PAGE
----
Lee Bougie, MS, DAIS
My former husband served in Afghanistan, where he developed PTSD. I have lived with that struggle for ten years, and ultimately our marriage did not survive it. Two years later, I am still on a journey of trying to sort everything out; I hope I can learn from the experience. It has taught me so much and brought so many special people into my life. I think we all need a supportive community of people in our lives, and that is particularly true for those of us who have a family member with PTSD.
Earlier this year, I had the opportunity to present Stress Mastery information at a self-care retreat for spouses of Service Members diagnosed with PTSD, and then to be included in a Global Stress Summit. A huge lesson for me is that I have had to recognize how much anxiety I carried myself. I also came to realize how much ten years of living with my ex-husband’s PTSD affected me. I believe part of my healing and growth is coming from starting to get out and talk about it, and to interact more with people about this. I am grateful that I am still friends with my former husband, and that he supports me in talking about it.
Classically we have looked at stress as a response in our body and minds to a perceived threat. Perhaps a better definition being talked about these days is that stress occurs when demand placed on the body and mind exceed their capacities. This is often defined more formally as “a condition or feeling experienced when a person perceives that demands exceed the personal and social resources the individual is able to mobilize.” (quoted from What is Stress? https://www.stress.org/what-is-stress) When one is living with a loved one with PTSD, there can be some pretty huge demands.
The first step in any therapeutic plan is assessing our stressors and I think this really hit home for me in thinking about my nutrition training and the forms we use around that. I’m trained as a holistic nutritionist, but we look at more than just nutrition, and we like to ask people on a scale of 1 to 10 where they would rate their stress. I noticed that where people rate themselves for stress levels is often inaccurate when you start working with them more and looking at how much stress they probably have in their life. The American Institute of Stress offers a low cost, comprehensive and scientifically validated stress assessment called the Stress Mastery Questionnaire (available here: https://www.stress.org/self-assessment).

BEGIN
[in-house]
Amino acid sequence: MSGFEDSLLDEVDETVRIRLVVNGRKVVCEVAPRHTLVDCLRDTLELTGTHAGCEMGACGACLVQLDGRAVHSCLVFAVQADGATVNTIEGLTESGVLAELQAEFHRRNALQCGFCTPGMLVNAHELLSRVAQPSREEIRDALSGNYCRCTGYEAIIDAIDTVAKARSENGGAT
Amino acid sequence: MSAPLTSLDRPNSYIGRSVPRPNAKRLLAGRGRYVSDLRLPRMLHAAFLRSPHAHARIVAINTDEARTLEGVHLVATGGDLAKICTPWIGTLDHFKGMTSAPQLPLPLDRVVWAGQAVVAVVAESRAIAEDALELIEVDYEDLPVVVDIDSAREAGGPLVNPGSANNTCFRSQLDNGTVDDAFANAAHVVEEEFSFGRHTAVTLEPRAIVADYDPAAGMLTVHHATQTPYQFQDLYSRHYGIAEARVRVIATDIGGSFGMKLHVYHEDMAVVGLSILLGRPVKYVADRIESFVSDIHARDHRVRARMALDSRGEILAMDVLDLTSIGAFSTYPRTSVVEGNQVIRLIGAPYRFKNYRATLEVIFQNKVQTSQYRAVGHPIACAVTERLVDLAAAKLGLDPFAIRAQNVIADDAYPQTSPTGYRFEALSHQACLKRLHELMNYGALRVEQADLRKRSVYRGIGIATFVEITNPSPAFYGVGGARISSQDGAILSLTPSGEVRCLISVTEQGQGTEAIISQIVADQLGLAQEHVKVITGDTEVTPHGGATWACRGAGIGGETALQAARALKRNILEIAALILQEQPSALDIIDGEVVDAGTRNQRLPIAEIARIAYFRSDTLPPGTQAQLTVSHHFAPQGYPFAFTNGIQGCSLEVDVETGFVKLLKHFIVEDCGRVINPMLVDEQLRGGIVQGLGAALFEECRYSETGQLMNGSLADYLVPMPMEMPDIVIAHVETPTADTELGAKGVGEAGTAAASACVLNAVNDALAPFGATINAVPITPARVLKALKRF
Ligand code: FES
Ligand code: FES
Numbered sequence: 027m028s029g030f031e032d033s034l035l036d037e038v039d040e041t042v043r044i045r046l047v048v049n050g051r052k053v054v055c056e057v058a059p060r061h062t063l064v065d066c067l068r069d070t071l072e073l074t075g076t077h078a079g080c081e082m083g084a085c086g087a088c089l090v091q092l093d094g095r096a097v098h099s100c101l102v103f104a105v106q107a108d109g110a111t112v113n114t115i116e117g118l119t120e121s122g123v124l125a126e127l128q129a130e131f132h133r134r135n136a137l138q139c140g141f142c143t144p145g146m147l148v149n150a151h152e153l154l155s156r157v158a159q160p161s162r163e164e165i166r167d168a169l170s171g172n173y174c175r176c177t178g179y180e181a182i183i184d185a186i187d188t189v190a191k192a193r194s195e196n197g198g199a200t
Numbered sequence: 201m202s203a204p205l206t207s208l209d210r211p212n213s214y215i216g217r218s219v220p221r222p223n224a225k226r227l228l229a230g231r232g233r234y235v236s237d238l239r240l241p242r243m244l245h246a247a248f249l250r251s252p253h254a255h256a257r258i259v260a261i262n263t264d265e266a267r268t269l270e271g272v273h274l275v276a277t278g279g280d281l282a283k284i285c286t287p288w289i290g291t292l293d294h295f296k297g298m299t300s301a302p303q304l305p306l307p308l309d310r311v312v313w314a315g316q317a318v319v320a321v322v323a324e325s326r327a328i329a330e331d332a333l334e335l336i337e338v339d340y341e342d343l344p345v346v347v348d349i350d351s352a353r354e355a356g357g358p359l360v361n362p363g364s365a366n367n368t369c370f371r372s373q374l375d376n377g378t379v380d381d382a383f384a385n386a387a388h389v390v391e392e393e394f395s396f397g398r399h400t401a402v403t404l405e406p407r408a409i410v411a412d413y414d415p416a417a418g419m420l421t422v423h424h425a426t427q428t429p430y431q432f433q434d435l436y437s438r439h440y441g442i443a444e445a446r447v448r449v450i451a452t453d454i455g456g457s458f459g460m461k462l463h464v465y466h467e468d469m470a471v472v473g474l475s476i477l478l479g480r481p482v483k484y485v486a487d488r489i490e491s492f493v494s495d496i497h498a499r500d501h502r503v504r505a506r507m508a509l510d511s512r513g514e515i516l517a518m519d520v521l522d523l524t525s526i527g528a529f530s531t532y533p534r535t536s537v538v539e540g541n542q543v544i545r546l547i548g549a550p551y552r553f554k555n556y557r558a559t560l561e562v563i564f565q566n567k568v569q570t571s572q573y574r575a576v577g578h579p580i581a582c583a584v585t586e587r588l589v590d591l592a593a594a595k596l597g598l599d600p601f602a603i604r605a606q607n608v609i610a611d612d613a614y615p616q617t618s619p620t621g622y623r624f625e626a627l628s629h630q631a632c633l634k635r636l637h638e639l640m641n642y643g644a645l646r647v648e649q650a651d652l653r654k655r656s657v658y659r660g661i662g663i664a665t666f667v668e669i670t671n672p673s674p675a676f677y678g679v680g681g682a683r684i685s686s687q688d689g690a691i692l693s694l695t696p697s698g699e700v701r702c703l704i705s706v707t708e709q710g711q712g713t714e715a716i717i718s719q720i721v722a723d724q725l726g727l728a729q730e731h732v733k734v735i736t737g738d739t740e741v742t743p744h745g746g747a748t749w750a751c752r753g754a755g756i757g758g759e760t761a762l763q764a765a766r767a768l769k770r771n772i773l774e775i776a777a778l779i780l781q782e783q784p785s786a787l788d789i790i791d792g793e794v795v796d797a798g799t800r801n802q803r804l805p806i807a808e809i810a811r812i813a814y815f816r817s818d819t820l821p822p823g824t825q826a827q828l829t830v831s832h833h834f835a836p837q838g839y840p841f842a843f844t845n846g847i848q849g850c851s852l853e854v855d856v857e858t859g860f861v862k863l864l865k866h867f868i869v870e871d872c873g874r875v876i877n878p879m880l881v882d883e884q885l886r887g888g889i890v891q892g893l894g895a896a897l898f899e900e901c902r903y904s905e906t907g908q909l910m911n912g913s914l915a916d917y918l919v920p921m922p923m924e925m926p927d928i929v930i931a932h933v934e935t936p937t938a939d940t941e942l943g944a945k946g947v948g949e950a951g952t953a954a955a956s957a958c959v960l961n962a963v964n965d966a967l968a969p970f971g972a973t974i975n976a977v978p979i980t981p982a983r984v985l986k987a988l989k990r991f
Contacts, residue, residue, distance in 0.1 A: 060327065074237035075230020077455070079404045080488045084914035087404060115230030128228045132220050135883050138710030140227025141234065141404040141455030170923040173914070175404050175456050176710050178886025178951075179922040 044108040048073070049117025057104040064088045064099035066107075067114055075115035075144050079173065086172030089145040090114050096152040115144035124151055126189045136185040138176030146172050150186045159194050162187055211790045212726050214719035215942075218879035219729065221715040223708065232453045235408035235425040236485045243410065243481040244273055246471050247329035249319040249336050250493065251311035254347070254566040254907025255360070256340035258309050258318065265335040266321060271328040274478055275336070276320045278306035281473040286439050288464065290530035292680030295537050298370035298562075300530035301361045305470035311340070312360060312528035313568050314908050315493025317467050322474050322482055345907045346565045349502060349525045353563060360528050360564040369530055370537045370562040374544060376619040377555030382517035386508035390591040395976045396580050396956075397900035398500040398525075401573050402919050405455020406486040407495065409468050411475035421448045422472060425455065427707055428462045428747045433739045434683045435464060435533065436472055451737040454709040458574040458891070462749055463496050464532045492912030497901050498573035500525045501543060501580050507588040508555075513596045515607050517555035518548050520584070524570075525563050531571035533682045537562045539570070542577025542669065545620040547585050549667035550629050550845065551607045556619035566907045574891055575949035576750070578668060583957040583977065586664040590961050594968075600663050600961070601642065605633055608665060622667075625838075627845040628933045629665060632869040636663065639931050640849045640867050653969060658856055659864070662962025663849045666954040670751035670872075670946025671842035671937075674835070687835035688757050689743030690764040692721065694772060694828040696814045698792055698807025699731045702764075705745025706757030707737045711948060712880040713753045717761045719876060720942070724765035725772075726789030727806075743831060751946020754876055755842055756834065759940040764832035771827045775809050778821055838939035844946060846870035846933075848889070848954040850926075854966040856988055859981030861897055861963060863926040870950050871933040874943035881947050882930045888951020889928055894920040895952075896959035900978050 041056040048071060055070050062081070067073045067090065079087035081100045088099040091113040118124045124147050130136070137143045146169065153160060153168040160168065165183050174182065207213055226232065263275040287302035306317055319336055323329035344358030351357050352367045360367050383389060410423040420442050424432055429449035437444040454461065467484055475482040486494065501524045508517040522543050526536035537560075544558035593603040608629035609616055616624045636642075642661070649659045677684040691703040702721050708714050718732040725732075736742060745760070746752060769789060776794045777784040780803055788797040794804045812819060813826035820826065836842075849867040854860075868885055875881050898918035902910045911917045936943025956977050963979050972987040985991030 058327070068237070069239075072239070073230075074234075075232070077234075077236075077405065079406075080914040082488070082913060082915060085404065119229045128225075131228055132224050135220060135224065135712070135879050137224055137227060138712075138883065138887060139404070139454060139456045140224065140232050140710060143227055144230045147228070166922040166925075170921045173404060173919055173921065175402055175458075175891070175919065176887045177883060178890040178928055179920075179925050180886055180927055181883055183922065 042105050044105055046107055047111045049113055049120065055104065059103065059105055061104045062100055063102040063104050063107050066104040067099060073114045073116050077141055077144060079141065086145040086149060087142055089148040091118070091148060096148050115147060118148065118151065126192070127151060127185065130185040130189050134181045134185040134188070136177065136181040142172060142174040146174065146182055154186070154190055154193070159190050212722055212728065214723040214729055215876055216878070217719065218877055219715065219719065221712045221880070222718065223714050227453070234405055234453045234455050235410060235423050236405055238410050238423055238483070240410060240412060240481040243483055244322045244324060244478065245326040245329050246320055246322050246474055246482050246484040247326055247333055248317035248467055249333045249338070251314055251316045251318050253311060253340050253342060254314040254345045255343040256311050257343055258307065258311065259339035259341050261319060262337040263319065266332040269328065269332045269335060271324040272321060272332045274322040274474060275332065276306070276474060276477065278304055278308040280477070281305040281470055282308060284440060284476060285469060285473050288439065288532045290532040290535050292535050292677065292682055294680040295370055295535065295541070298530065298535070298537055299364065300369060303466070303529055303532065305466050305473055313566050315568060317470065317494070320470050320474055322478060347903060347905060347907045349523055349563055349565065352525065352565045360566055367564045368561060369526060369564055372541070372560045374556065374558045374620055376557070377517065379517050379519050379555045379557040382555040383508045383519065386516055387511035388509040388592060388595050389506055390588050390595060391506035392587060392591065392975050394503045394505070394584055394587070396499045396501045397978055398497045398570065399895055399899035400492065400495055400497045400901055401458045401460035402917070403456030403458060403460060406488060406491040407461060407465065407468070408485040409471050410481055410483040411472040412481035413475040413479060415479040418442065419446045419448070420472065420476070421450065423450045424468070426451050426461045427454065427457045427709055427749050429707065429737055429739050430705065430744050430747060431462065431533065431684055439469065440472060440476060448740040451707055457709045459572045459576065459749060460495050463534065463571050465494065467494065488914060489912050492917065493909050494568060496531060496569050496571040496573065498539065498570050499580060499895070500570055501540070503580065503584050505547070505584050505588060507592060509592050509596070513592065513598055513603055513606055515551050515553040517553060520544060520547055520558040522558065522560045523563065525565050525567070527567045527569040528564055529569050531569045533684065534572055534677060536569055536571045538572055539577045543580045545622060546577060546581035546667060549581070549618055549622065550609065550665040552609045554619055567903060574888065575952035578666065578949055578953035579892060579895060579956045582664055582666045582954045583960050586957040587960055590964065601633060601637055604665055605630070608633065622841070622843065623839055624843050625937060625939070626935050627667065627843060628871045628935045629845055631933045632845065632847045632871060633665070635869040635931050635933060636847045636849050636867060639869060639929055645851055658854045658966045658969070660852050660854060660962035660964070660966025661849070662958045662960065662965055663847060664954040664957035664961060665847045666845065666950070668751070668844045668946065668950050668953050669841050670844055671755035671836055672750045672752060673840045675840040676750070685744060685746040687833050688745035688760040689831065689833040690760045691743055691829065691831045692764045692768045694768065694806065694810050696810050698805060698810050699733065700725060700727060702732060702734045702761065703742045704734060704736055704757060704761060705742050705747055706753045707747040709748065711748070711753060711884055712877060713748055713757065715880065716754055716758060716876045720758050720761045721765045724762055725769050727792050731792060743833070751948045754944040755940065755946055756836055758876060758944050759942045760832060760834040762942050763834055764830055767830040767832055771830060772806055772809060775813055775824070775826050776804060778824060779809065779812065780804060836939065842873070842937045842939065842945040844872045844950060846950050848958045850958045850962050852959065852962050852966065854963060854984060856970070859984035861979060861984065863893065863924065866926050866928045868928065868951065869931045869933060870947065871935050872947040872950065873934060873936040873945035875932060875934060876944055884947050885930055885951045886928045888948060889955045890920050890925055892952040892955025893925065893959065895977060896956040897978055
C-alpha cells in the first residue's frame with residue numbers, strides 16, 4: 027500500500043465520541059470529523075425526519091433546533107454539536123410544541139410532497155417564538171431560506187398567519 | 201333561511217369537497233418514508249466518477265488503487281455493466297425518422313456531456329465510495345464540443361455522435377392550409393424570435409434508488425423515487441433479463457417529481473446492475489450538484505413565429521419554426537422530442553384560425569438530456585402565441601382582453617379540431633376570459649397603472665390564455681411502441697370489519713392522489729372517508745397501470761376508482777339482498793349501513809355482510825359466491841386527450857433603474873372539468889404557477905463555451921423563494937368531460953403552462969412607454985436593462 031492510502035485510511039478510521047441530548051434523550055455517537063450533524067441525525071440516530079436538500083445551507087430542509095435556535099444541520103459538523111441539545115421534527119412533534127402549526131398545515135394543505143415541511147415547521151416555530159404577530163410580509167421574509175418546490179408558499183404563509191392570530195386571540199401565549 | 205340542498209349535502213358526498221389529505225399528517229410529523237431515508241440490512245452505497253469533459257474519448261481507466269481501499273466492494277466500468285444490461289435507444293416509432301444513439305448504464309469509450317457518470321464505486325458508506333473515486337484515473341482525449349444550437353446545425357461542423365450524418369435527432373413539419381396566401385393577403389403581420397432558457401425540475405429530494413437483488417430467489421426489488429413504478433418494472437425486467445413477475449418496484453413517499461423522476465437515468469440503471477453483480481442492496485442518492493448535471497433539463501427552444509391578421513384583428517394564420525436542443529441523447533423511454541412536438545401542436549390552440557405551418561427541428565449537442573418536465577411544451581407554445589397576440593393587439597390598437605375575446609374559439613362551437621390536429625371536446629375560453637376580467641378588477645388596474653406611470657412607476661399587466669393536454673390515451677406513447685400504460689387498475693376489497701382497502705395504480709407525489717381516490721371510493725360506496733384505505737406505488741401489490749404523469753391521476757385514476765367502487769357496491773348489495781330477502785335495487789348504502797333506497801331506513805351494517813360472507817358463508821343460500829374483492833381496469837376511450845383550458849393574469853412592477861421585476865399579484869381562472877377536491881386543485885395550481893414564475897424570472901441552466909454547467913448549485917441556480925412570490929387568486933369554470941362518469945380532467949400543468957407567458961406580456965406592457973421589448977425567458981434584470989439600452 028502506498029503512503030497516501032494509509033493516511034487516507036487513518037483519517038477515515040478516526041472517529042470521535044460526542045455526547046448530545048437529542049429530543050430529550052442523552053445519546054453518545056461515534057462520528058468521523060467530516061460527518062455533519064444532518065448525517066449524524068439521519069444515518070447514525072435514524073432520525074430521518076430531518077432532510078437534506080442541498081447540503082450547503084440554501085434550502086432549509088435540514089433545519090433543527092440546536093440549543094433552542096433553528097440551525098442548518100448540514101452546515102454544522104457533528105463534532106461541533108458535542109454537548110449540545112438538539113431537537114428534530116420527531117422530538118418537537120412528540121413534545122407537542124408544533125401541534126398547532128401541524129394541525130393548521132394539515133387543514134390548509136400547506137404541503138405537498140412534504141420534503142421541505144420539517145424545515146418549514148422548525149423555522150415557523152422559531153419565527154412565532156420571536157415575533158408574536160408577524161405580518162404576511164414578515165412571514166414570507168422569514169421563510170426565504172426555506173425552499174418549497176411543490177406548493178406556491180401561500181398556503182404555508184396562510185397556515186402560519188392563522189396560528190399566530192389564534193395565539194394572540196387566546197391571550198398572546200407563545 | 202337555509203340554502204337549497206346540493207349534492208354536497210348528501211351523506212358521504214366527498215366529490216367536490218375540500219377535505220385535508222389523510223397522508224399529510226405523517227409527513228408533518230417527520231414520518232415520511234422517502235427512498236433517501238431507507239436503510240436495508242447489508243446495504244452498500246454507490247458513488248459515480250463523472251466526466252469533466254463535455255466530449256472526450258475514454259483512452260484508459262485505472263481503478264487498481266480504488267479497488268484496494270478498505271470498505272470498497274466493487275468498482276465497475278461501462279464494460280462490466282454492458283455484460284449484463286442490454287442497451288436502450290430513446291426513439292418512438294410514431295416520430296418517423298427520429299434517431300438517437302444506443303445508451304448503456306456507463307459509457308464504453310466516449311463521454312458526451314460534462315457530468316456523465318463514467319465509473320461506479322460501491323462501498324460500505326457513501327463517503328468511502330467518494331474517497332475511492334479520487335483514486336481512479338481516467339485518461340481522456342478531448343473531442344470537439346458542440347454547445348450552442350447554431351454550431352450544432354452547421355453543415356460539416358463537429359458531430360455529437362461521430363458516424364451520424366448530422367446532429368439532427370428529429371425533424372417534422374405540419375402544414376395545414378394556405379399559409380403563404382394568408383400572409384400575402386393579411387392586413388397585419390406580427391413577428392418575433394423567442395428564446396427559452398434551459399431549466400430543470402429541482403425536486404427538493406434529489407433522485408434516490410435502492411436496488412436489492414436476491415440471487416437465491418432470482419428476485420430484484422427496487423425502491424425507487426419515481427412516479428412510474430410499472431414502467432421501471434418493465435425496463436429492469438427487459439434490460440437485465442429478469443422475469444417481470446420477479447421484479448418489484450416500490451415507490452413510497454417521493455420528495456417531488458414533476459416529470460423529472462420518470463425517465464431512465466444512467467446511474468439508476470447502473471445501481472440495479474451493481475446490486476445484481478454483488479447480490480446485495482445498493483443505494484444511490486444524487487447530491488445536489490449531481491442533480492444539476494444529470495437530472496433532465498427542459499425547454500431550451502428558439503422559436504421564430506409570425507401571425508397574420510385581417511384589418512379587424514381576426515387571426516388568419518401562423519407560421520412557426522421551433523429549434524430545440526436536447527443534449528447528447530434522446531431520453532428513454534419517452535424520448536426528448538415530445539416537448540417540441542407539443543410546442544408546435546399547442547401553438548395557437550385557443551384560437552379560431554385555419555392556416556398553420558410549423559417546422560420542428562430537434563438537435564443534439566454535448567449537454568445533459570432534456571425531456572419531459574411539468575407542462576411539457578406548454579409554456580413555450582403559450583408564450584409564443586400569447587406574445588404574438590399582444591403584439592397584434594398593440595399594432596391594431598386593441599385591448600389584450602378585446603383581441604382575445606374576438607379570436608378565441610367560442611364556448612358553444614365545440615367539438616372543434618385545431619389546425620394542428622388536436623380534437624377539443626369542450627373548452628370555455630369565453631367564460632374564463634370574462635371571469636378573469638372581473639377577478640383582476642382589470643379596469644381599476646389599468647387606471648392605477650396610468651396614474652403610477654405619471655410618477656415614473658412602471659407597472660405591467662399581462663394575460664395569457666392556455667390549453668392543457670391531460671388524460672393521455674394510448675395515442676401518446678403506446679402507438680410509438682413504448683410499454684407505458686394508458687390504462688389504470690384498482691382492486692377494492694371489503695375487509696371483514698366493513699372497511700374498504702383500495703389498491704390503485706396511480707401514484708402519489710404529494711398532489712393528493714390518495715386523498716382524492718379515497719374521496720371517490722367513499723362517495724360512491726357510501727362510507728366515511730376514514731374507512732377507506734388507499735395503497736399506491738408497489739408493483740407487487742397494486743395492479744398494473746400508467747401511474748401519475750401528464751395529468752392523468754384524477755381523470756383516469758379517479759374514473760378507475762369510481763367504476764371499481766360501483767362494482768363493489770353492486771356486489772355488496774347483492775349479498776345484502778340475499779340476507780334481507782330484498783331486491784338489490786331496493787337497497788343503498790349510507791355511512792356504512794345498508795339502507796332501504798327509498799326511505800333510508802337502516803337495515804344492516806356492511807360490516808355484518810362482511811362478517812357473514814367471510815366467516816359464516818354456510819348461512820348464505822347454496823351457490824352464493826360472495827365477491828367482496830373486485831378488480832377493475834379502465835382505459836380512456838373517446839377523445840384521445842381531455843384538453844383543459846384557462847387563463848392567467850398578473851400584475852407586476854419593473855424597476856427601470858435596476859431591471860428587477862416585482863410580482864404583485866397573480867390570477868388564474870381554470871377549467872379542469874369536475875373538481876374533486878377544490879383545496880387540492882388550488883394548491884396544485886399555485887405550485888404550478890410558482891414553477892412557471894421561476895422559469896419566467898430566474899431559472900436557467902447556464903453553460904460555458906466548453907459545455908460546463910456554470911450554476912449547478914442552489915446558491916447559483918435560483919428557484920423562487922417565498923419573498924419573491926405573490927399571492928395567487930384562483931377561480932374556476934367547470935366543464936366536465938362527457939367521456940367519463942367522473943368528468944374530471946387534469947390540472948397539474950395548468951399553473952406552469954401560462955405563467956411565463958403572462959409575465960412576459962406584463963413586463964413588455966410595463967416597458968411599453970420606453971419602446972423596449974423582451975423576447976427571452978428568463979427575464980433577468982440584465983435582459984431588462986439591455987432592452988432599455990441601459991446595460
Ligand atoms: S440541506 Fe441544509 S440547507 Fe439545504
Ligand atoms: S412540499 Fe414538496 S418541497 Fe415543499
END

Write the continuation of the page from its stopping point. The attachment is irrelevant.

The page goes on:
When we asses our stress levels, people tend to be surprised by what their overall stress load actually comes from. People often tell me that they thought it was their job or relationship, but lifestyle showed up as number one for me. When we look at that total demand of stress there are a lot of things we can’t change. When we’re living with someone who suffers from PTSD, much of our life can seem out of our control. If you stop to examine individual stressors, such as are you getting enough sleep, it seems that those things should be able to be controlled. It is important to recognize how high the demands are, and then appreciate that you actually have control over some of them. I think that’s a very important step in assessing where we are at in our relationship with stress. Because when we are caregivers, it is so easy to put all the focus on the other person, and not do enough to take care of ourselves.
In addition to what our overall stress load is, our relationship with stress is also affected by our stress lens. We all have something called a negativity bias. We are set up for our survival to notice what around us is a danger to us or others. So if your child steps in front of a car you’re automatically going to react with that “fight or flight” reaction and pull them out of harm’s way. You don’t need to think about what to do there. That stress response is necessarily reactive, and it’s all about our primitive programming for safety.
Some people have a stronger negativity bias than others. Threat sensitivity is another name for it. I really want to highlight that because I think when we are living with someone with PTSD we are very likely to score higher on the threat sensitivity scale. We often hear that people with PTSD develop hypervigilance. But I don’t think it’s well recognized that many spouses and families develop a form of hypervigilance as well. At one point I had the opportunity to have an electroencephalogram, and the report came back showing that I had a very high level of hypervigilance. I had never thought about having developed that myself. When I brought that up at the retreat everyone in the room nodded their heads.
I found I hit a point where every loud noise made me jump out of my skin and sent me into the sympathetic dominant fight or flight reaction. Just like negativity bias, our sensitivity to things like noises and light vary between people. So pay attention to noises and other potential triggers, and recognize how that might be adding to your stress load. For example, going to a concert can be wonderful, and music is one of my favorite things. But if my stress load is high, the noise level can be challenging and so it may be best to avoid loud music on those days.